Two men were falsely accused of a teenager's murder because of slow defense work, an overworked prosecutors' office and a witness' fear of a suspect, a prosecutor has written in a letter to the state attorney general.
A divided sheriff's department also cast doubt on the investigation, Buncombe County District Attorney Ron Moore said Monday in an 11-page letter to state Attorney General Roy Cooper. He also sent 124 pages of witness interviews to Cooper, asking if they could be released.
Moore wrote that he has finished reviewing how Sheriff Bobby Medford investigated the killing of Mary Elizabeth Judd, an 18-year-old North Buncombe High School senior who disappeared while on her way to catch the morning school bus.
The district attorney determined Medford and his office had done nothing wrong, but asked Cooper to review his findings.
"A sad thing has happened here in our county in the murder of Mary Judd and in the fact that two innocent men were jailed for it," Moore wrote. "But it is my determination that it did not happen as a result of wrongdoing on the part of the sheriff, nor did it happen as the result of gross incompetence on anyone's part, nor did it happen as a result of a willful, dangerous or malicious use of power."
Moore reviewed the case and wrote Cooper because of an Asheville Citizen-Times investigation that questioned whether the prosecutor had enough evidence to justify jailing David Hammack, 36, and John Collins, 30.
Collins and Hammack were released; a grand jury indicted Harold Eugene Brown, 32, of Mars Hill, in October on first-degree murder and rape charges in Judd's killing.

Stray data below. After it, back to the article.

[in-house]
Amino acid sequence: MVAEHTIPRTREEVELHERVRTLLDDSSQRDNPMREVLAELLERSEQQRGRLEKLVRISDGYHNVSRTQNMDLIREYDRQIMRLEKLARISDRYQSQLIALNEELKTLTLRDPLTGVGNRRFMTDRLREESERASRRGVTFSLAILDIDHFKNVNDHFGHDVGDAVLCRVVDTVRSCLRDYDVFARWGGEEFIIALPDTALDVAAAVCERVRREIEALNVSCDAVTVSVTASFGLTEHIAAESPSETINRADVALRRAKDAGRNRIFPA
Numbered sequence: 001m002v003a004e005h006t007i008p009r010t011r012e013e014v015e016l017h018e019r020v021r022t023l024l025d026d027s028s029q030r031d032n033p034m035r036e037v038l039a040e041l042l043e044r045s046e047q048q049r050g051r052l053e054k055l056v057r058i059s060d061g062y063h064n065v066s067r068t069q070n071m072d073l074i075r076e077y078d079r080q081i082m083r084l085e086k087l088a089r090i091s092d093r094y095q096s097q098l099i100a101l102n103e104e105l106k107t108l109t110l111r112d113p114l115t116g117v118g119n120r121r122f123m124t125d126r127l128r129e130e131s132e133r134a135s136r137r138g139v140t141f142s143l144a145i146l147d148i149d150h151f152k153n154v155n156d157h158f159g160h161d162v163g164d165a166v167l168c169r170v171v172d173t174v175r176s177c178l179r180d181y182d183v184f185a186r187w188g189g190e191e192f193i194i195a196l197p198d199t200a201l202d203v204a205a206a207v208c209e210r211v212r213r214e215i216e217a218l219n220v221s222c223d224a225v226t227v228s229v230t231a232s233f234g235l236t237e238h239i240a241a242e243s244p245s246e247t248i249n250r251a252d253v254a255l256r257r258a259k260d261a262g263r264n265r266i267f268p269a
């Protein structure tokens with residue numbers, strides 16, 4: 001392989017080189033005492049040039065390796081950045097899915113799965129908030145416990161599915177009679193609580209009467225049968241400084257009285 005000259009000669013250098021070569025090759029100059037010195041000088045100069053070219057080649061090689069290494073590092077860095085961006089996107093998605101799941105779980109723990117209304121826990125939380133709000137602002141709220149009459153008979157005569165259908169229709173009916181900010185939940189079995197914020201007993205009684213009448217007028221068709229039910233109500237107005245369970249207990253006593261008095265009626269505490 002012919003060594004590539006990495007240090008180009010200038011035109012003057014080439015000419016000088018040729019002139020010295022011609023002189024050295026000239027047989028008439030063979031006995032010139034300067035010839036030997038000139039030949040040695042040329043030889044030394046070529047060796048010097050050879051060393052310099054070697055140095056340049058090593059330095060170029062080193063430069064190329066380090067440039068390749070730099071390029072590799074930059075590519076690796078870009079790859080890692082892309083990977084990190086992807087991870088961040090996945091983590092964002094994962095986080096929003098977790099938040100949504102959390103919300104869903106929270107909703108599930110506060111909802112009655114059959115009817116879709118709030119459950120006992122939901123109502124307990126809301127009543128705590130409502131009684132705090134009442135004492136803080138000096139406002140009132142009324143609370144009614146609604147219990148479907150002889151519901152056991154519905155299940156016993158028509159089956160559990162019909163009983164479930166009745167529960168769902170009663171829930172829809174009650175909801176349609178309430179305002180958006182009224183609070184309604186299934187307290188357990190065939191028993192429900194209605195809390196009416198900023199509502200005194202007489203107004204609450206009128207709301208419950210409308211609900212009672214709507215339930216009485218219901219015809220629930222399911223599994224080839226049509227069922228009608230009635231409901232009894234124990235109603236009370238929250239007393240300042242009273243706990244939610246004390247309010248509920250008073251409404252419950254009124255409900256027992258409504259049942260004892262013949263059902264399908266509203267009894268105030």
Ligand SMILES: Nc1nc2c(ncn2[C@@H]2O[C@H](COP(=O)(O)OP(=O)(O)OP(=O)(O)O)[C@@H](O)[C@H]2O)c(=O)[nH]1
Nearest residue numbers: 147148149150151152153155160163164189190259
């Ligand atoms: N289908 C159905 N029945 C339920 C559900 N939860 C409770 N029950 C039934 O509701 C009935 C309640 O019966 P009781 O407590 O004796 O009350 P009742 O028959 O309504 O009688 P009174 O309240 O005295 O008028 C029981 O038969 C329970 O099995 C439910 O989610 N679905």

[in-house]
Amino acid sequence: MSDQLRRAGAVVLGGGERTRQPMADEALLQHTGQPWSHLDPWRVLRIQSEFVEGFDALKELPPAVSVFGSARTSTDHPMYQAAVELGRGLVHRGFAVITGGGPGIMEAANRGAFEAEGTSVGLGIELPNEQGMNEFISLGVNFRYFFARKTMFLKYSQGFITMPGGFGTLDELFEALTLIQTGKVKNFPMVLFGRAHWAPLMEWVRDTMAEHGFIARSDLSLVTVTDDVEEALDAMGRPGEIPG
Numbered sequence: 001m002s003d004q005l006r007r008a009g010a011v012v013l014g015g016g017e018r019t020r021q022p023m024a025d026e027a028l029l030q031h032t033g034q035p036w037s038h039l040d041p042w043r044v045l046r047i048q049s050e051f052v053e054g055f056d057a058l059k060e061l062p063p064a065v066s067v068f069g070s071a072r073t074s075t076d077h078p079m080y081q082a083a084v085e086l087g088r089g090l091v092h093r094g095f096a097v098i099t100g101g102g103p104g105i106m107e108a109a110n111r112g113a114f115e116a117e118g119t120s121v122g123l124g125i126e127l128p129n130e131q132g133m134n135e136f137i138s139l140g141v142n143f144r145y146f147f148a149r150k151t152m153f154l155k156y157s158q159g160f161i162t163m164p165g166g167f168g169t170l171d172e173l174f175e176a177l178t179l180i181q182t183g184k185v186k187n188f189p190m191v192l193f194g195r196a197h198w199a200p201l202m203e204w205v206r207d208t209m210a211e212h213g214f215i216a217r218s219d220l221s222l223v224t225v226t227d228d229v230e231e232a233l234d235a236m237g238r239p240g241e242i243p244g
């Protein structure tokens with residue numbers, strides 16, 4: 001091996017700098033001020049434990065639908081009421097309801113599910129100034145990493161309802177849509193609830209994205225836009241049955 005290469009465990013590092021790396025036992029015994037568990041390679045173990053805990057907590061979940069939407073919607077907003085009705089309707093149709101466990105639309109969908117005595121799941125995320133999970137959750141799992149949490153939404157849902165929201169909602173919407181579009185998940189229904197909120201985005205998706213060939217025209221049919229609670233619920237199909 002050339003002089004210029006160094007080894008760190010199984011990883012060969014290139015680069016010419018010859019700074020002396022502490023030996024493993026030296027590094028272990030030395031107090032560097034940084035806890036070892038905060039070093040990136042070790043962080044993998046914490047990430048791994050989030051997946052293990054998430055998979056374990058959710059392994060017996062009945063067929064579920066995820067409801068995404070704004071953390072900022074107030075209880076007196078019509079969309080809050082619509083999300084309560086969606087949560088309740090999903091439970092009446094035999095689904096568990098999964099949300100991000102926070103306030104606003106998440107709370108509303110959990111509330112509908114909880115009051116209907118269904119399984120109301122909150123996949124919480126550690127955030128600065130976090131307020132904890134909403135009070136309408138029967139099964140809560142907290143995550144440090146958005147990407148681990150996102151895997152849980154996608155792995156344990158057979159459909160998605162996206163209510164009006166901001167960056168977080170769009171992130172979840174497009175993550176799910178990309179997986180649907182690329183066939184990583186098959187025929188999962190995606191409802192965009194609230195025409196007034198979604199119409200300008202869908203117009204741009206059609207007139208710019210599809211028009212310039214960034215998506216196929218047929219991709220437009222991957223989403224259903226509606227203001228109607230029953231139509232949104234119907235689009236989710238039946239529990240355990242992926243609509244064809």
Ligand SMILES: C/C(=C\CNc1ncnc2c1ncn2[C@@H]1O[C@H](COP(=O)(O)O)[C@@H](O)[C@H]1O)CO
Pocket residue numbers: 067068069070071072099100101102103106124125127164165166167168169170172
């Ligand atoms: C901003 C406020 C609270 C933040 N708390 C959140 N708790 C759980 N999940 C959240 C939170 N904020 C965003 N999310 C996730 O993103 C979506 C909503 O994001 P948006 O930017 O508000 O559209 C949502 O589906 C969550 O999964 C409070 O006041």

Detectives issued warrants for the arrest of Collins and Hammack within 24 hours after witness Lynette Smith signed a statement saying she saw them put a body wrapped in trash bags into the trunk of a car on Dec. 12, 2000, the day Judd disappeared.
Smith retracted her statement in August 2002, telling a defense attorney that Medford threatened to take away her children and jail her if she did not say she saw a body.
Moore said in his statement that criminal cases frequently rely on the word of a single witness and that Smith didn't deliberately lie and wasn't pressured by the sheriff. Moore said Smith and Collins lived together.
"Once she felt she had perhaps been mistaken, she no doubt had to come up with an explanation that would satisfy John Collins," Moore said. "Claiming she was frightened or pressured by the sheriff made sense to her."
Moore also wrote that professional rivalries within the sheriff's department hampered the case.
Collins and Hammack weren't put on trial for almost two years because of a defense attorney switch and a busy court docket, Moore said.
Collins' first attorney, Faye Burner, requested in October 2002 that she be removed from the case. Jack Stewart, the attorney who replaced Burner, didn't file motions in the case until March 2003, Moore said.
Moore also said his office was given Smith's retraction in February 2003 and Kate Dreher, the senior district attorney handling the case, was not able to review the 19-page retraction until May because of vacations time and other responsibilities.
"The situation we are currently in is very sad because Mr. Collins and Mr. Hammack lost their liberty during all those months," Moore wrote. "We can explain the contents of the file as it pertains to them, the actions of all those involved, the reason for various decisions and the passage of time. But we cannot give the time back to Mr. Collins and Mr. Hammack."